If you are thinking about starting a business, finding the right name can be one of the most interesting yet challenging tasks you carry out. However, an important point to be aware of is that there are restrictions on what you can name your business which many people do not realise.
Companies House rejected more than 800 company name registrations in the last two years on the grounds that they are ‘potentially offensive’. The rejected company name registrations include ‘Building That Fought Hitler Limited’, Cambridge Cannabis Club Limited, Fancy a Bomb Ltd, and Fit as Fork Ltd. To help guide you when deciding a name for your business, we have put together a brief overview of what restrictions are in place when naming your company to ensure it gets off to a flying start.
Company names must be unique
Every UK registered company must have a different and unique name. You should conduct thorough research online and use the ‘name availability checker’ on Companies House to have a look at any similar names that are already registered. To simply add or change punctuation is not enough; it is important that your name is unique to ensure that you do not cause confusion to the public.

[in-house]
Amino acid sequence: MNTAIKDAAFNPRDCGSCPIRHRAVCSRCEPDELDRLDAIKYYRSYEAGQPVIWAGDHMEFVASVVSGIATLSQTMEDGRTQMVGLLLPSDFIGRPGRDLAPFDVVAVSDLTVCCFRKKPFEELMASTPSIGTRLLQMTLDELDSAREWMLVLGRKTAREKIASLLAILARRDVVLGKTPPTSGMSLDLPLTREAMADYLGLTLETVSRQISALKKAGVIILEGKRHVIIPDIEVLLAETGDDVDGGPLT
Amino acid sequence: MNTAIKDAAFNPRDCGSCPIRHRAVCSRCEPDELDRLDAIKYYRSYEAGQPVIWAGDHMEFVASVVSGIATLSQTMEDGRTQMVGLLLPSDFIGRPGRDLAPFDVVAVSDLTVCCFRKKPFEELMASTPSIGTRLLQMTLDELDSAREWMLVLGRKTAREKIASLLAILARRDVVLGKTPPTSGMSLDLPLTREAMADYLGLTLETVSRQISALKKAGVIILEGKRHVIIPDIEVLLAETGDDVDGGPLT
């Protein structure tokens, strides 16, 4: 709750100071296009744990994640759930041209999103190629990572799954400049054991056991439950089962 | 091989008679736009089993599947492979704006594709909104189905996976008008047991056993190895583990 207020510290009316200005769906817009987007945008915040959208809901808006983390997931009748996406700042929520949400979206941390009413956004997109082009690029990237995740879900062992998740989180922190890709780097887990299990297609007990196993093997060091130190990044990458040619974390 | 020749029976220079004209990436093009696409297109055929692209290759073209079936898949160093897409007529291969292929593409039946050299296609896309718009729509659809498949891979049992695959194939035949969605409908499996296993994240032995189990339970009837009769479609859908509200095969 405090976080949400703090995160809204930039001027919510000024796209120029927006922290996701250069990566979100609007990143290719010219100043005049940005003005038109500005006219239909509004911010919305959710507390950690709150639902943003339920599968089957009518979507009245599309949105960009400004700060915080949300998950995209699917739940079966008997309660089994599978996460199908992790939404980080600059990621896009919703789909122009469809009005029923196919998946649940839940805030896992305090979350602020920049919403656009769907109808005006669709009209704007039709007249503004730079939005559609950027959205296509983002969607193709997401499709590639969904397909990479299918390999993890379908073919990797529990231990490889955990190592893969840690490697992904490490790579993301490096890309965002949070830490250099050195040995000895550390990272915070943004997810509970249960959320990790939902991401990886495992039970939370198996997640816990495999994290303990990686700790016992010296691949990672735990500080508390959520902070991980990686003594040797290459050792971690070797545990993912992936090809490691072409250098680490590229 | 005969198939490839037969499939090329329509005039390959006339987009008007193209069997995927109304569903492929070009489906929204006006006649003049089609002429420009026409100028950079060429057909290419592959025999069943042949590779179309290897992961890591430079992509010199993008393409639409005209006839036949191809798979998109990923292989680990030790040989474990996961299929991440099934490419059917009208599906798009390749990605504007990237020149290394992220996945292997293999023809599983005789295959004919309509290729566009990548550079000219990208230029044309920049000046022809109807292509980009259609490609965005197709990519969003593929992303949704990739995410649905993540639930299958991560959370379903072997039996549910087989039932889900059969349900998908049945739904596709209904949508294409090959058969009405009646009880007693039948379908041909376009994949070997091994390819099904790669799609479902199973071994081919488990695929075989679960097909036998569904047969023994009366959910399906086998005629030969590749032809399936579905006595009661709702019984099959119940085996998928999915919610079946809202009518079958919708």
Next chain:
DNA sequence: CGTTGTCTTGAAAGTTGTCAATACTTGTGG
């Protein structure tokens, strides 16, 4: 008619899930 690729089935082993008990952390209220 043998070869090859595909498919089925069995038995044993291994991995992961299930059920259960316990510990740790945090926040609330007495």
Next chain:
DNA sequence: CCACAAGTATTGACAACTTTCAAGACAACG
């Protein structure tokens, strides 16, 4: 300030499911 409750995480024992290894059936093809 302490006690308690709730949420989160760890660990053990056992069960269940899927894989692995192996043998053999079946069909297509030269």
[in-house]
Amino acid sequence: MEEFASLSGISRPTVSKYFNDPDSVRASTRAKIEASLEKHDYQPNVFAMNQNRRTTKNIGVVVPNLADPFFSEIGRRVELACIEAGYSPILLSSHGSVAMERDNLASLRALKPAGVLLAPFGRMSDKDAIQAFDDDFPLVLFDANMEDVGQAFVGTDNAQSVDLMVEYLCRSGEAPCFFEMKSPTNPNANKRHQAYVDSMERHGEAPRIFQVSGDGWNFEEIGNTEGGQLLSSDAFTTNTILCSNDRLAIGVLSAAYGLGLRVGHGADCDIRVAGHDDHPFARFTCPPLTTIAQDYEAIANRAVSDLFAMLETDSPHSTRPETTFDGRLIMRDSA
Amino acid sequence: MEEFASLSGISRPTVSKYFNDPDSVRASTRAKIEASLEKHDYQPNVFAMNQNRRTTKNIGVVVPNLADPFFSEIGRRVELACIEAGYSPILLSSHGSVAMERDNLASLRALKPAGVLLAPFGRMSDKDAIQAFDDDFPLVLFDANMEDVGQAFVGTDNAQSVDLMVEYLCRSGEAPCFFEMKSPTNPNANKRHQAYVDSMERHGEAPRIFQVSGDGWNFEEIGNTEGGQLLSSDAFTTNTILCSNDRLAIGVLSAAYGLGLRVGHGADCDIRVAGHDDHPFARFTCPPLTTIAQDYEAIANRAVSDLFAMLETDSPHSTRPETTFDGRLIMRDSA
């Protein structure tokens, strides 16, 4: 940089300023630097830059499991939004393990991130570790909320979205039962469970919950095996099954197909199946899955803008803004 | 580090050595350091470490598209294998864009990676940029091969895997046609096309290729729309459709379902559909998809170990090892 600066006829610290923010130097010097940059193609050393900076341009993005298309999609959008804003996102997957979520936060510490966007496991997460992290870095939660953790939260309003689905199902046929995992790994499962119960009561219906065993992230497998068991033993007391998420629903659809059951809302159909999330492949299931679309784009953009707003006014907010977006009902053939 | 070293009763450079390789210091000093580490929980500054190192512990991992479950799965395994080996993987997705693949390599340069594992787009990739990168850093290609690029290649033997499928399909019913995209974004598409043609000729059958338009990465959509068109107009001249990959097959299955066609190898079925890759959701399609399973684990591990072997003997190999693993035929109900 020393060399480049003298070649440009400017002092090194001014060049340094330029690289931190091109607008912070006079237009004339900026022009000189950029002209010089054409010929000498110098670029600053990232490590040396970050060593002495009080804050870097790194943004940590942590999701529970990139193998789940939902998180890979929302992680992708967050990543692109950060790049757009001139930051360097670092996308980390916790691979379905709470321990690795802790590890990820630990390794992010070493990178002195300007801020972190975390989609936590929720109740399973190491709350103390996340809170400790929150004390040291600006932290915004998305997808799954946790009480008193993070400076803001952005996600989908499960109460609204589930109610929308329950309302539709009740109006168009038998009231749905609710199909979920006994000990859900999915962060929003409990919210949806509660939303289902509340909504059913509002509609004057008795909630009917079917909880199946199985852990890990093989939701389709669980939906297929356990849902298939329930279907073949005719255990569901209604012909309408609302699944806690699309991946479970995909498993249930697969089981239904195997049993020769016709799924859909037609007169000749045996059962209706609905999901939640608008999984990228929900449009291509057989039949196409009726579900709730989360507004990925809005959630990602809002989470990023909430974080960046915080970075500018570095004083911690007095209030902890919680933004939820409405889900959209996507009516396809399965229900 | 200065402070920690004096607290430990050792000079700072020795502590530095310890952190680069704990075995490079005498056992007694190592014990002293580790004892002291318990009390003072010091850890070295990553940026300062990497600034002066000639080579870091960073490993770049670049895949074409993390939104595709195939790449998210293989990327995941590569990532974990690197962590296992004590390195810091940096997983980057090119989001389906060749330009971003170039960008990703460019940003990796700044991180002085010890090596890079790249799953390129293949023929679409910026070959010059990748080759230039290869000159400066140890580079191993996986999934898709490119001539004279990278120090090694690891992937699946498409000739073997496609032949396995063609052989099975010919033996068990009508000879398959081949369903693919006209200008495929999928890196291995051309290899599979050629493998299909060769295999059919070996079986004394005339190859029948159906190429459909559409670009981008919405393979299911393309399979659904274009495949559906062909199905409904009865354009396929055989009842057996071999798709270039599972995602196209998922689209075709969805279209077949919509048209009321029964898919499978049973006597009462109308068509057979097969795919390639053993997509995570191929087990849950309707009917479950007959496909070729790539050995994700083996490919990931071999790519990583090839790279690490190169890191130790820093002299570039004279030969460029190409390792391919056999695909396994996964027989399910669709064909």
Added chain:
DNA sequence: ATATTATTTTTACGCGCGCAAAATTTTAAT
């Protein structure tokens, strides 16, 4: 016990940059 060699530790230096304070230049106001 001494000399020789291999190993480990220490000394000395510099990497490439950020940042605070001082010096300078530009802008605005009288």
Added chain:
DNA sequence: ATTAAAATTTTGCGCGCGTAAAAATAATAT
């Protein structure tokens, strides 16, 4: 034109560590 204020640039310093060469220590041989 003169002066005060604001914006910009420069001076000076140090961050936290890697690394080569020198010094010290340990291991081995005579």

Should I use ‘Limited’ or ‘Ltd.’?
All private companies limited by shares must have ‘Limited’ or ‘Ltd.’ in their company name. Whichever you choose is up to you and it makes no legal or practical difference.
Potentially offensive words and phrases
A Companies House spokesperson, in response to the news that more than 800 potentially offensive names had been rejected, said it was important that the register was not being abused by recording offensive names. Company names must not be phrased in a way that may cause offence nor should they include offensive words. However, if you can show justification for using such name, you may be able to have the name approved. If not you may have to come up with a different name unlikely to cause offence.
Sensitive words and expressions
In addition to offensive words, there are 134 sensitive words and expressions that you need approval from the secretary of state in the UK Department for Business, Energy and Industrial Strategy to use in a company. Such words and expressions, for example, include British;, commission, licensing, inspectorate, parliamentary, standards, and Windsor.
Guidance is also provided on words and expressions that could imply a connection with a government department, a devolved administration or a local or specified public authority.
It is a criminal offence to use certain words and expressions in your company name if you do not meet the criteria for doing so. For example, using words such as solicitor, surgeon, architect, building society, and even apothecary all have very specific requirements to prevent fraud and abuse.